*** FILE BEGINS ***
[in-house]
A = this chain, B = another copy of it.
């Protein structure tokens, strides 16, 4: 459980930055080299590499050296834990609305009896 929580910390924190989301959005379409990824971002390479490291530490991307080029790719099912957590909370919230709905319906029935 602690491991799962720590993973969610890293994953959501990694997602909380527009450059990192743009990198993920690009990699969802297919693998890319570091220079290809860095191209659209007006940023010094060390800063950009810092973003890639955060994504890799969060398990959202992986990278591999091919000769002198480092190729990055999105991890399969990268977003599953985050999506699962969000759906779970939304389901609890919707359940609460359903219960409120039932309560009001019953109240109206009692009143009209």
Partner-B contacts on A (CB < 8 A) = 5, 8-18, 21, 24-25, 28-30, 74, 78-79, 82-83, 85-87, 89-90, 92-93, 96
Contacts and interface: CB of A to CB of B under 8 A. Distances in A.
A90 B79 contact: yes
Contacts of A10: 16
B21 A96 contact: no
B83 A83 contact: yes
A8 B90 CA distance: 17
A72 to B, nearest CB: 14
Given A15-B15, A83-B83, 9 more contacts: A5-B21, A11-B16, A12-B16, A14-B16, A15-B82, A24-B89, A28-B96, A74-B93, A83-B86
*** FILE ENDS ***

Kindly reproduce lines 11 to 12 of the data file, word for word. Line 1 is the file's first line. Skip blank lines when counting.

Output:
A72 to B, nearest CB: 14
Given A15-B15, A83-B83, 9 more contacts: A5-B21, A11-B16, A12-B16, A14-B16, A15-B82, A24-B89, A28-B96, A74-B93, A83-B86